Released: March 1, 1996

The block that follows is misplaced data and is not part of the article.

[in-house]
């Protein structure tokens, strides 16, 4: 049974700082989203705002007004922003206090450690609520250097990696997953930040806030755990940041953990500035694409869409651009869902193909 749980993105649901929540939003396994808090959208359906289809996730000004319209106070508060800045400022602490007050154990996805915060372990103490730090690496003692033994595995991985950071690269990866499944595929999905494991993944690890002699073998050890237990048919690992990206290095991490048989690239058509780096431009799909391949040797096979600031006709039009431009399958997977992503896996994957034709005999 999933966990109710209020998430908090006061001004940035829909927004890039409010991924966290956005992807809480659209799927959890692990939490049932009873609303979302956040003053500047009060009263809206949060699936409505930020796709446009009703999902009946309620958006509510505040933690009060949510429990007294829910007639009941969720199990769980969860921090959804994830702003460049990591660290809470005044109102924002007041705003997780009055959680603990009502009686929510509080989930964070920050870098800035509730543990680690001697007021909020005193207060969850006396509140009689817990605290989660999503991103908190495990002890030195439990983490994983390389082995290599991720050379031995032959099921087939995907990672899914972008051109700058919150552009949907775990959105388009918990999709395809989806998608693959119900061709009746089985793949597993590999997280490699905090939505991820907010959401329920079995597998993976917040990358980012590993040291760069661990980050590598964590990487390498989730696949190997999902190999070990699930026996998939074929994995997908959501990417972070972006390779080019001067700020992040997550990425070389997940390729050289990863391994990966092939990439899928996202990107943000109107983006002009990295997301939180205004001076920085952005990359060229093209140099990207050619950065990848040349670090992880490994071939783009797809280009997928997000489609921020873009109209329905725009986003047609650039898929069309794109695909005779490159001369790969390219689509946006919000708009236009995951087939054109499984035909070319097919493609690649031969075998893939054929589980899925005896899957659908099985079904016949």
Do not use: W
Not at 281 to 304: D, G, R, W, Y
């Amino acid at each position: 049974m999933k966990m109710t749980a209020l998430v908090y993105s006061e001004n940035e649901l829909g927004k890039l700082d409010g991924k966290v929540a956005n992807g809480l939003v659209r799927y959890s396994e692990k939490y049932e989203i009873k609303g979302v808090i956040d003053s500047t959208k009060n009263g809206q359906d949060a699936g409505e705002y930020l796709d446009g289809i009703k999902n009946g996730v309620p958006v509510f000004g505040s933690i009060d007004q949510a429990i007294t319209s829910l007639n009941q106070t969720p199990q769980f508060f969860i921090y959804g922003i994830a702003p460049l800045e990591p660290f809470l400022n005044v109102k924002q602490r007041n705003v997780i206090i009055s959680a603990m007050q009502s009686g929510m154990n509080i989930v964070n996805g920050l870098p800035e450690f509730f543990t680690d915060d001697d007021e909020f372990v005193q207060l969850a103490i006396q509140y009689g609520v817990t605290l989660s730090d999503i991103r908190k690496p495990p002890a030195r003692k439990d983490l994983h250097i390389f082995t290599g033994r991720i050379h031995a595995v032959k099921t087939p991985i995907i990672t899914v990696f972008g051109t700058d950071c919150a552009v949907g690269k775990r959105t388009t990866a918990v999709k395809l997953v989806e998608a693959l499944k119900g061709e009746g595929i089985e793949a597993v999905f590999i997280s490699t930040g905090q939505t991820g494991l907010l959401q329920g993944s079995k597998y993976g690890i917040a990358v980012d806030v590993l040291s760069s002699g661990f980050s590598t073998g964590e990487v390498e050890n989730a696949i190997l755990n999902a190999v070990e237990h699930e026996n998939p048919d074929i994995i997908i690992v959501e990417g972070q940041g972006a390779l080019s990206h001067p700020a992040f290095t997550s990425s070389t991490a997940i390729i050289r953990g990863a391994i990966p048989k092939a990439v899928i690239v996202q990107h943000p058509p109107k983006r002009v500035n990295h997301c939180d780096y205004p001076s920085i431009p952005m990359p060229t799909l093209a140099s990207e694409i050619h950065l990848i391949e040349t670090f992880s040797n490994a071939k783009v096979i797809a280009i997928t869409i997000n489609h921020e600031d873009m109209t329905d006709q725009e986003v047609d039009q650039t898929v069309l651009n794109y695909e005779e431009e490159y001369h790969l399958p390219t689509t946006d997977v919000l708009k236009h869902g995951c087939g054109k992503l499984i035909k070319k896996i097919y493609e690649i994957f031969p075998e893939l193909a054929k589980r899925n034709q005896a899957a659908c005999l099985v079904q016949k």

One still experiences a sense of dÇjÖ vu reading a historical by Kelton (The Far Canyon, 1994, etc.). We have met these characters and they are us: sometimes weak and foolish, sometimes heroic, always complex and, for the most part, fundamentally decent. Young Trey McLean is a pumpkin roller (farmer) with ambitions of being a cattleman. Leaving his father's East Texas farm with a dun horse and four old cows he rides toward the unclaimed lands ``out west.'' When his cows are stolen by a greedy farmer with the connivance of a dishonest sheriff, it is not his anger at this injustice but his helplessness to alter the situation that wins us over. He is not an archetypal macho hero with blazing six-guns but an ordinary man who confronts unfairness with gritted teeth. We share Trey's confused response to Jarrett Longacre, a top hand and a fugitive from the law, whose thoughtless outlaw ways embroil Trey with Marshal Gault, a lawman with an obsessive, unforgiving nature. Jarrett is a likable, troublesome presence in each stage of Trey's life and labors: the wagon yard in Fort Worth; on Ivan Kerbow's cattle drive, the event signalling Trey's rite of passage from farmer to cowboy; on Kerbow's ranch in far West Texas. When Trey marries Sarah Stark and agrees to manage Kerbow's ranch, Kelton adds a feminine dimension to the narrative. Just as Jarrett stands in contrast to Trey, Katy Rice, a former prostitute who becomes involved with Jarrett, is Sarah's opposite. Sarah's fear of loneliness has her hearing voices in the wind, while Katy relishes solitude. The final confrontation between Jarrett and Gault forces each of these four characters to resolve their inner conflicts and accept the consequences. A superb coming-of-age novel by a master western storyteller whose deft touch with characterization is underappreciated. Read full book review >